Reviews don’t do justice to Cather book
Willa Cather is one of our most recognized and beloved Nebraska authors. I’ve discussed two of her novels in this column in previous years. The first was her Pulitzer Prize winning novel, “One of Ours,” and the second was one of her most famous books, “O Pioneers!” Many readers recognize these titles as well as her “My Antonia” novel, but unless you happen to be a Cather connoisseur, you may not be able to name any of her other books despite her renown.
I really couldn’t either before I stumbled upon “The Professor’s House” this summer while I was browsing for books in the famed City Lights Bookstore in San Francisco. I’ll even admit that initially I didn’t even pick it up, but as I circled the store, I found myself thinking about its title, which had piqued my interest. So, I returned to the Cather section and grabbed the book.
It’s a slender tome, and the cover of the 1990 Vintage Classics Edition that I now own is simple, yet eye-catching. What can I say? I’m a sucker for a pretty book, especially if it’s a well-written novel by a world-renowned author.
The premise of the story is quite simplistic actually – a college professor, nearing retirement age, and his wife have moved into a new house, but the professor can’t bring himself to abandon his musty top-floor writing room in the old house; so he doesn’t.
Along the way, the reader gets to know his wife and his two daughters and with their husbands, and there is a separate (yet related) story about an old student of his.
Perhaps that doesn’t sound like an exciting, thrill-a-minute story. Well, it isn’t. For that reason, many readers don’t want to waste time reading Cather’s work. In fact, I read a few reader reviews on Goodreads that really slammed this book; however, those people are missing the point.
This novel is quite simply a work of art. The sentences are beautifully constructed, and Cather paints a perfectly formed picture of Professor Godfrey St. Peter’s life. She gives us this man to both admire and to pity – just as we both admire and pity the very people we love in our own lives.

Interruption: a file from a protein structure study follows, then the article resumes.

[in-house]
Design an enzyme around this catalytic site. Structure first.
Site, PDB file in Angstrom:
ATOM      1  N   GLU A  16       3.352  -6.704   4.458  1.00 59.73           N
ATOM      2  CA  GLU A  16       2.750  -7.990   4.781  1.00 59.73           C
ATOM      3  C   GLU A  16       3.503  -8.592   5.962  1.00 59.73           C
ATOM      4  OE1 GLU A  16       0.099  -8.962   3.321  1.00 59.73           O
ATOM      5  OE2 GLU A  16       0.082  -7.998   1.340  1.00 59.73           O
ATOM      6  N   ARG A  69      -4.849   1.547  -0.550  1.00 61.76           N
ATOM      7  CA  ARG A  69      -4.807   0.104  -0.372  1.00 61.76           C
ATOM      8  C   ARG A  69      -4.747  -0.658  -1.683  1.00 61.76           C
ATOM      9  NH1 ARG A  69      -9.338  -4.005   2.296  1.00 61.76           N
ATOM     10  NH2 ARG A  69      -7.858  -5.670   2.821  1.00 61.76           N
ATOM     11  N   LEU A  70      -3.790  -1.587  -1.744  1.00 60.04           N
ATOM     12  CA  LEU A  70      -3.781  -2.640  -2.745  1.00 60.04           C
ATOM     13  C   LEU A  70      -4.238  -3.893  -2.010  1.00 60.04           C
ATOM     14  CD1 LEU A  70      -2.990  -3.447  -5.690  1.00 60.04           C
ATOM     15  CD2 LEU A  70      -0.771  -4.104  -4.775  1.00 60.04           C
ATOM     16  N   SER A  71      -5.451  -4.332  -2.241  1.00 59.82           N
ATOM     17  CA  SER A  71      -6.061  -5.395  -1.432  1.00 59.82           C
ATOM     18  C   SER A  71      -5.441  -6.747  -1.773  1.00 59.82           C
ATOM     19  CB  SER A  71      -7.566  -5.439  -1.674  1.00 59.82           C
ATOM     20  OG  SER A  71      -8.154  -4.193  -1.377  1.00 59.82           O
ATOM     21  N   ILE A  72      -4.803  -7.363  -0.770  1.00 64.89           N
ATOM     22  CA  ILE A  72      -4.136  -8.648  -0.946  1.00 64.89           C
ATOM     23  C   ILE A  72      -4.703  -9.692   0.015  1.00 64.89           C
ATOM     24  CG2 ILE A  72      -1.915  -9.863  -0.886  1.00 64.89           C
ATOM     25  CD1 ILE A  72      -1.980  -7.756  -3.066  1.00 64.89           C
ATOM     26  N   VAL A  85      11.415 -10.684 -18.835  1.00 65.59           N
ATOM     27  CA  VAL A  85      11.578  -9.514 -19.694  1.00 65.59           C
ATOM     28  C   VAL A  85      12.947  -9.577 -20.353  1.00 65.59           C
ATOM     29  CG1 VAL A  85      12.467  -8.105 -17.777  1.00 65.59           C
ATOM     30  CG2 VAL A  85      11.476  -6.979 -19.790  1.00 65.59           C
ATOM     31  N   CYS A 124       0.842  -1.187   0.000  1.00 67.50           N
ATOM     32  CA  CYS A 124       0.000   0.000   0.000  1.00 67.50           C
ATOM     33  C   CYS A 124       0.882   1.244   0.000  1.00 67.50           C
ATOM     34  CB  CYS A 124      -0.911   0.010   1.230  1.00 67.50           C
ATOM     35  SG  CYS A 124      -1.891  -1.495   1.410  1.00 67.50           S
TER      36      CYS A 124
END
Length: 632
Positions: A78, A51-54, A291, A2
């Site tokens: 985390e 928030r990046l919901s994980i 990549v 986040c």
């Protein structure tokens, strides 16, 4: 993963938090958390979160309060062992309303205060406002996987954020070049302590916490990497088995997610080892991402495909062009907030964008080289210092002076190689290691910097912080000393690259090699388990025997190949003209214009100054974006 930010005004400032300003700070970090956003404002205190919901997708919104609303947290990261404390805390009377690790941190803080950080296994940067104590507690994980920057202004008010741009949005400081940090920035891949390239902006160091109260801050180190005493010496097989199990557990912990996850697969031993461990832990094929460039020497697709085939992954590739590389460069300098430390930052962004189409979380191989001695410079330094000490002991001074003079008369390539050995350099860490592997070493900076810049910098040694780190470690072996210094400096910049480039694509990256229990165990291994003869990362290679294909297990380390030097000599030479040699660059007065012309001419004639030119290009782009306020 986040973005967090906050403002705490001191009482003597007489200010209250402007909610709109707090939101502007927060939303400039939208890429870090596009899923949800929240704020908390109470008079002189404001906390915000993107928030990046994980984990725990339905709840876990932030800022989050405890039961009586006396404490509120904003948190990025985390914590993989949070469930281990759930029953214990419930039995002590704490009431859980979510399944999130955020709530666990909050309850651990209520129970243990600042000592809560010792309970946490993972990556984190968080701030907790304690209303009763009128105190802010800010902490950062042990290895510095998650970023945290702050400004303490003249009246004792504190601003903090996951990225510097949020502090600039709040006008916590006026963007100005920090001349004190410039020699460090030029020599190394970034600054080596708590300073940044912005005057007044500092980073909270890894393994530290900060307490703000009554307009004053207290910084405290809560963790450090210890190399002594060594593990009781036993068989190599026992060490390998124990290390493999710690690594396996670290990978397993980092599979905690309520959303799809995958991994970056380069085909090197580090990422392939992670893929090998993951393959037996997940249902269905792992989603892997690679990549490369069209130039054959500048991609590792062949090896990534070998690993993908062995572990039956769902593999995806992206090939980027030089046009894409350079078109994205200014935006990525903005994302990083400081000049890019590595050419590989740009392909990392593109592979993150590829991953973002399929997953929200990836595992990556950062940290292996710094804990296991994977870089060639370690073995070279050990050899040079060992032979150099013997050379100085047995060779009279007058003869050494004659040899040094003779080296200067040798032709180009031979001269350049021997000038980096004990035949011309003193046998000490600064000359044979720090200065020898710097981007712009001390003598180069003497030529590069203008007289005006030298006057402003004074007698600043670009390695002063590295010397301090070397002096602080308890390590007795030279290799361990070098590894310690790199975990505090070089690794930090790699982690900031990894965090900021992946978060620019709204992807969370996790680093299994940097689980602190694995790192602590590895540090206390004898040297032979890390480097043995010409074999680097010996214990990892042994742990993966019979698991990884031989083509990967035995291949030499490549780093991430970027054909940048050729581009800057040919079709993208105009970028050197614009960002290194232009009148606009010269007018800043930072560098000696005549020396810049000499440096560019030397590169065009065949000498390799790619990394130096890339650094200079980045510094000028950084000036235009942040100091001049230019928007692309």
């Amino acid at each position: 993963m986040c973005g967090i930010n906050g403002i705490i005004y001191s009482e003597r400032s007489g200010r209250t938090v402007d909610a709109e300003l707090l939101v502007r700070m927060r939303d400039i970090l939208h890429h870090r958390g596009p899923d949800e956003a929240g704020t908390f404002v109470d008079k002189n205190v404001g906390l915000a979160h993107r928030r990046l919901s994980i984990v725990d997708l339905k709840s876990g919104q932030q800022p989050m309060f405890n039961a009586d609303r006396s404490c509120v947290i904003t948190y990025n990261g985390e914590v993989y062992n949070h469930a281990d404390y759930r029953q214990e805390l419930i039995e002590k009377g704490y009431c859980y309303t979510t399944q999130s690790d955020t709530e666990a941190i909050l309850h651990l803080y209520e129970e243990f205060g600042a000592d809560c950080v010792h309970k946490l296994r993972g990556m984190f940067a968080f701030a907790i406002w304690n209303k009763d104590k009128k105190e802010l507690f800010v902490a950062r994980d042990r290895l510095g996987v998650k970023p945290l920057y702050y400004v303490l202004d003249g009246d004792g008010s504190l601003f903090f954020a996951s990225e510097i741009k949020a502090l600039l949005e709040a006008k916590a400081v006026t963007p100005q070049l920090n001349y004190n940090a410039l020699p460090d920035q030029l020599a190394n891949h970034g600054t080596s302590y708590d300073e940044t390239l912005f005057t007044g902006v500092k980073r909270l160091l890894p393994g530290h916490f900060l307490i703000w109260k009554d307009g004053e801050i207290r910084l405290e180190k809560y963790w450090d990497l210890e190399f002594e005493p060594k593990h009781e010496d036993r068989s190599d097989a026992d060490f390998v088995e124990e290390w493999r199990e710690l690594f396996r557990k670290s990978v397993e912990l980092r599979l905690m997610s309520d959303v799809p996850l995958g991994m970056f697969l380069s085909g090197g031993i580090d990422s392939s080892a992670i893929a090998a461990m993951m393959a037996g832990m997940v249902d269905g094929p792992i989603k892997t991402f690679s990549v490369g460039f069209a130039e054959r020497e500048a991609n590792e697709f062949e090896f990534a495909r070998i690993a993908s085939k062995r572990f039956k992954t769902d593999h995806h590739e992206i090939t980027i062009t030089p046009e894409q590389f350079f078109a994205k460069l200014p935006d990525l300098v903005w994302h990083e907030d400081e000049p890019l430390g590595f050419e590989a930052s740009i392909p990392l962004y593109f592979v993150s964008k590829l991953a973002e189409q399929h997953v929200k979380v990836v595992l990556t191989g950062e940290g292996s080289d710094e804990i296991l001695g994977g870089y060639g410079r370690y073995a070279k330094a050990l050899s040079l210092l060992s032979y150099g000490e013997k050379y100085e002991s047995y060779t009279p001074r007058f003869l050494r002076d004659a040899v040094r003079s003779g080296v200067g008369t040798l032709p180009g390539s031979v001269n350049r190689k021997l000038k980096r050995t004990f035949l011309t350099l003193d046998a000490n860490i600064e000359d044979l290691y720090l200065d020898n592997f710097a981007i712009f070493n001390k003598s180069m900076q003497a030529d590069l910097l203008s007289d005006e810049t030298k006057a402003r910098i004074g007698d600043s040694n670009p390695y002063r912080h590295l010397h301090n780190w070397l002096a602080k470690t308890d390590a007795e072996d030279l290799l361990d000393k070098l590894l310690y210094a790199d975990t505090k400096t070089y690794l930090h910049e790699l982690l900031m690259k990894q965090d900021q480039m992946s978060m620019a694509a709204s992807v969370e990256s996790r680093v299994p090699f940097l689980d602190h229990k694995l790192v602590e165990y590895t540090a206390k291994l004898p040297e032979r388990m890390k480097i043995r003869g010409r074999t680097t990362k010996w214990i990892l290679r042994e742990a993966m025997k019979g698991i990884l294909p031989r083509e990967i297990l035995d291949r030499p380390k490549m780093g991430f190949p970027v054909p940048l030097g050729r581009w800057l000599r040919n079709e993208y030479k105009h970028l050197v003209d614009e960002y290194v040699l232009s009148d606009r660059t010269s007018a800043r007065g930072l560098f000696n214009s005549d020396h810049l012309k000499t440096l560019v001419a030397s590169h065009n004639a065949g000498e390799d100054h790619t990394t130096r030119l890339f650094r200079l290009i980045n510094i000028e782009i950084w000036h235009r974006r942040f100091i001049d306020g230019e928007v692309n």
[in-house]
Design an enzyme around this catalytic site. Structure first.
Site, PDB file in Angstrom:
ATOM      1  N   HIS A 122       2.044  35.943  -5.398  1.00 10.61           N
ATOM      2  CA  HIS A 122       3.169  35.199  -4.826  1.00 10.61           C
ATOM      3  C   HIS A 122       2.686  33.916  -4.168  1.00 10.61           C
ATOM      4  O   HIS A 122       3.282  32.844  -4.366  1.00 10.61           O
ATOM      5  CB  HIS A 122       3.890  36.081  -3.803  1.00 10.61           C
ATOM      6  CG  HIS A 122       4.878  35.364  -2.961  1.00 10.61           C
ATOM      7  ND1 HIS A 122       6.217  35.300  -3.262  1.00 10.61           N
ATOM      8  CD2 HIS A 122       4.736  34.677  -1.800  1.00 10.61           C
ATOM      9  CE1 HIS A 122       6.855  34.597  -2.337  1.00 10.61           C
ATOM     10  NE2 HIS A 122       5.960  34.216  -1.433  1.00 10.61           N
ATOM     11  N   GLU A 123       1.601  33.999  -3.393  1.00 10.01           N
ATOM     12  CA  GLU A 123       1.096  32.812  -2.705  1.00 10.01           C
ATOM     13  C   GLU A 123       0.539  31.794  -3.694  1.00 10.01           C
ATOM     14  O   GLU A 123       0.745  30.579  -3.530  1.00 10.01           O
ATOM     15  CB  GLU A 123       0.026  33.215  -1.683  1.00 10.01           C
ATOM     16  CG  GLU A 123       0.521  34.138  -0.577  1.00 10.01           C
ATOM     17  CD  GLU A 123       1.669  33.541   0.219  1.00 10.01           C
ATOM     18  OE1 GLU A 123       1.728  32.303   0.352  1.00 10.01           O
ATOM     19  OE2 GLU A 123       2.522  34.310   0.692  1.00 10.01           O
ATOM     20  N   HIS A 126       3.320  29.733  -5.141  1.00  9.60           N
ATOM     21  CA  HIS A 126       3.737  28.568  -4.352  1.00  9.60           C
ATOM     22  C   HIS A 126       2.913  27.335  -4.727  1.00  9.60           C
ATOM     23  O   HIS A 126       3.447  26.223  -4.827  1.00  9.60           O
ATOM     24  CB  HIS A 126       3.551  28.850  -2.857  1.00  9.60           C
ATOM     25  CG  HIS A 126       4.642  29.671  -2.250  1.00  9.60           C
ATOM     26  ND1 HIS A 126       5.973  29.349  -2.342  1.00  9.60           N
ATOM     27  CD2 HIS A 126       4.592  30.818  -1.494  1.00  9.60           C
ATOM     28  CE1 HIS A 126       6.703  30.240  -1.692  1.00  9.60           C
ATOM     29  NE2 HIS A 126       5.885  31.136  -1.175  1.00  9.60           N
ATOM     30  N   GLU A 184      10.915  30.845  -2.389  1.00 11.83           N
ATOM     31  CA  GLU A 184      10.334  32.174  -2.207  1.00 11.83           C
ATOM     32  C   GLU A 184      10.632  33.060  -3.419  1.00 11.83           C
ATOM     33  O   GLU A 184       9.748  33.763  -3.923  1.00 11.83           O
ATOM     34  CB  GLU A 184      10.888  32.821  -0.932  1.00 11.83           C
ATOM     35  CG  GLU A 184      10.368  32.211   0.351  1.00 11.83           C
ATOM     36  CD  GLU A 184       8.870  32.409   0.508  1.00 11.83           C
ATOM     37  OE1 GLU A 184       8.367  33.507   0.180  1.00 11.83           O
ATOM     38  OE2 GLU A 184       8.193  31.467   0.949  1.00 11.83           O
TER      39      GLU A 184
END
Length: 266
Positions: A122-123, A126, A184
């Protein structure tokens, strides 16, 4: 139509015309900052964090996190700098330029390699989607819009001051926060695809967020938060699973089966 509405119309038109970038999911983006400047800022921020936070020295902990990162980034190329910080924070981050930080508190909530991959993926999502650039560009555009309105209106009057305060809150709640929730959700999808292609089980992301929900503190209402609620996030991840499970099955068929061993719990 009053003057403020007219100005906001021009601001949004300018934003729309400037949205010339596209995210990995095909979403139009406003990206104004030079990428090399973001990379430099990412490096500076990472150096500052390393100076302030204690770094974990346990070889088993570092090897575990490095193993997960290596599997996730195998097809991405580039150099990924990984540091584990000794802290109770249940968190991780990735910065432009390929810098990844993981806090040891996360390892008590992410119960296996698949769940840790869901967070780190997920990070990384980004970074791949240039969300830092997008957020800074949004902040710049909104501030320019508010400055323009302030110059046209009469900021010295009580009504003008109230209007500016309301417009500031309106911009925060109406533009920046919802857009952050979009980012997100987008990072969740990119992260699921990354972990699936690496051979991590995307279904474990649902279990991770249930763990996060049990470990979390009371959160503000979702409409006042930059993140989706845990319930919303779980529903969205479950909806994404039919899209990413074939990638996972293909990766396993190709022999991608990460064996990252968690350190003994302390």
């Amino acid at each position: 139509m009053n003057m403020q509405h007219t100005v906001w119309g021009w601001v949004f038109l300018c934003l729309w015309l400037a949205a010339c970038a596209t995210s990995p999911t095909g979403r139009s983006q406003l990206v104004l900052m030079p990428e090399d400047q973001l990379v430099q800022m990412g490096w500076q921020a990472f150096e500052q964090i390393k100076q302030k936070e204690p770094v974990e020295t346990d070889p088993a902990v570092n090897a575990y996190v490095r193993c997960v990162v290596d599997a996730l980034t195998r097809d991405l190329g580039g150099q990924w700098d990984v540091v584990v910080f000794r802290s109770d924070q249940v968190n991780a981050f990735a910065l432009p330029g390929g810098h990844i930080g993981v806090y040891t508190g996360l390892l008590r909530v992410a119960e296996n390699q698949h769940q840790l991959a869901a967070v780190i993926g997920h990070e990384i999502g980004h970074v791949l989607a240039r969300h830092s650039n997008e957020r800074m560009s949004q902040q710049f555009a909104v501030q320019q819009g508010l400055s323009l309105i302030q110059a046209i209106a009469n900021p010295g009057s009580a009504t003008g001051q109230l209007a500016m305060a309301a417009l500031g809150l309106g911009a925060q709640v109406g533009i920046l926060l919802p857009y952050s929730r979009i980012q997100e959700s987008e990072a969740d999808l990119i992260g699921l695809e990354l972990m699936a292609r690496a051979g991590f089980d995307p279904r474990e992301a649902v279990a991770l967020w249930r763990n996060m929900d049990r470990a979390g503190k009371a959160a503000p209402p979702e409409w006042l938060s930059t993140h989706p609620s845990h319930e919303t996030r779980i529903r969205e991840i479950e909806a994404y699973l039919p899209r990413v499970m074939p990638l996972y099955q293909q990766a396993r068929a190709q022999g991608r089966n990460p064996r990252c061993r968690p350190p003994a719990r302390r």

When St. Peter says, “Life doesn’t turn out for any of us as we plan,” we all nod our heads in understanding. When he contemplates his retirement and his impending old age and says, “I’ve put a great deal behind me, where I can’t go back to it again – and I don’t really wish to go back. The way would be too long and too fatiguing,” those of us facing our own retirement and impending old age nod our heads in understanding.
And when Cather writes, “All the most important things in his life, St. Peter sometimes reflected, had been determined by chance,” those of us who ponder upon the serendipitous events in our own lives recognize the absolute truth in that statement as we nod our heads in understanding.
The entire short novel is rife with deep insights – with the stuff of philosophers and common thinkers alike. I put it in higher esteem than the two novels Cather is best-known for writing yet one slot below her “One of Ours” prize-winning book.
Cather managed to speak to the heart and souls of people everywhere through her writing, so her worldwide popularity is well-deserved, yet we Nebraskans are fortunate to be able to claim her as one of ours.
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Next month’s reading selection is “The Keepers of the House” by Shirley Ann Grau.
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